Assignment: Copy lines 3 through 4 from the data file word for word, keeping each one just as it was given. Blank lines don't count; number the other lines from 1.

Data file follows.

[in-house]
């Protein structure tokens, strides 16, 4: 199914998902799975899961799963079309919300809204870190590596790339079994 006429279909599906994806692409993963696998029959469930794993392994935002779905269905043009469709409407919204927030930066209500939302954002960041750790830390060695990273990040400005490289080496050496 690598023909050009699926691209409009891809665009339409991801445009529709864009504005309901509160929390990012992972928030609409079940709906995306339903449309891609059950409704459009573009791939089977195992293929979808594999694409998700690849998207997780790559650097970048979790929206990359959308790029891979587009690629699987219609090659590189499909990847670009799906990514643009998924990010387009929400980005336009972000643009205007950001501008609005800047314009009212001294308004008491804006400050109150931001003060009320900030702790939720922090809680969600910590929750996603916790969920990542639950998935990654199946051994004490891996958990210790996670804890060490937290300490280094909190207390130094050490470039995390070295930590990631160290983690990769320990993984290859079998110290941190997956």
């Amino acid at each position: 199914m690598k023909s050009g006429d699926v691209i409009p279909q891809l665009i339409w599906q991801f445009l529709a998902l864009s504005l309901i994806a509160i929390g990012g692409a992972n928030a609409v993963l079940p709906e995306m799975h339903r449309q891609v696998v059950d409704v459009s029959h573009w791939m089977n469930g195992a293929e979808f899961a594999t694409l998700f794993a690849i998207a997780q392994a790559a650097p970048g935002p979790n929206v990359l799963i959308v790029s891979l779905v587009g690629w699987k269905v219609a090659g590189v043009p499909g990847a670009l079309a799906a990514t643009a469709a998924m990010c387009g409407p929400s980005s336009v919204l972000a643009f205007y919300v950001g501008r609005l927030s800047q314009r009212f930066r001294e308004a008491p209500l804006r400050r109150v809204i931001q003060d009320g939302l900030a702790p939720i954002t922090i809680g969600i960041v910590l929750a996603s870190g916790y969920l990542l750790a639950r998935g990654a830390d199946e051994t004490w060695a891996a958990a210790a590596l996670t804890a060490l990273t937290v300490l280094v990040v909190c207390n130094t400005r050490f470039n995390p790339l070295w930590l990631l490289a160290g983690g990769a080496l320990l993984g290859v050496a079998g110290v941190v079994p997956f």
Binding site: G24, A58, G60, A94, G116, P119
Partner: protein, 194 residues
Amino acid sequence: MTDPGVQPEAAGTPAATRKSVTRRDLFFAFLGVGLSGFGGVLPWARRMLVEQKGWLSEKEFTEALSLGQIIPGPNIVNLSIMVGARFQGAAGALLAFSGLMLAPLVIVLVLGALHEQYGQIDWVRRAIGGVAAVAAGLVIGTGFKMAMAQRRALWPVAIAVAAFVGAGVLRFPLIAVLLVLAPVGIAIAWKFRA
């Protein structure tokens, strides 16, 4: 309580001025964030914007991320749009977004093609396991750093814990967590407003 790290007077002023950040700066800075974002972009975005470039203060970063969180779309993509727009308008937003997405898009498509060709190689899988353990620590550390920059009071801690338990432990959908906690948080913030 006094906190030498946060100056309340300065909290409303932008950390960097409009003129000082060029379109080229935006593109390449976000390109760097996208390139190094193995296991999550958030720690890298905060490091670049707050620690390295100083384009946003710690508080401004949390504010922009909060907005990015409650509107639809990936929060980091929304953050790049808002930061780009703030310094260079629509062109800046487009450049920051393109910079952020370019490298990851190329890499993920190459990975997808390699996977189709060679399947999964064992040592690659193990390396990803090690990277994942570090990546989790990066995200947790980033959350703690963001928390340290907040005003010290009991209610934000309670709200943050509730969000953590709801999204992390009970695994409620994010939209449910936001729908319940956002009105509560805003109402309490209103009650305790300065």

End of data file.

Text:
């Amino acid at each position: 199914m690598k023909s050009g006429d699926v691209i409009p279909q891809l665009i339409w599906q991801f445009l529709a998902l864009s504005l309901i994806a509160i929390g990012g692409a992972n928030a609409v993963l079940p709906e995306m799975h339903r449309q891609v696998v059950d409704v459009s029959h573009w791939m089977n469930g195992a293929e979808f899961a594999t694409l998700f794993a690849i998207a997780q392994a790559a650097p970048g935002p979790n929206v990359l799963i959308v790029s891979l779905v587009g690629w699987k269905v219609a090659g590189v043009p499909g990847a670009l079309a799906a990514t643009a469709a998924m990010c387009g409407p929400s980005s336009v919204l972000a643009f205007y919300v950001g501008r609005l927030s800047q314009r009212f930066r001294e308004a008491p209500l804006r400050r109150v809204i931001q003060d009320g939302l900030a702790p939720i954002t922090i809680g969600i960041v910590l929750a996603s870190g916790y969920l990542l750790a639950r998935g990654a830390d199946e051994t004490w060695a891996a958990a210790a590596l996670t804890a060490l990273t937290v300490l280094v990040v909190c207390n130094t400005r050490f470039n995390p790339l070295w930590l990631l490289a160290g983690g990769a080496l320990l993984g290859v050496a079998g110290v941190v079994p997956f």
Binding site: G24, A58, G60, A94, G116, P119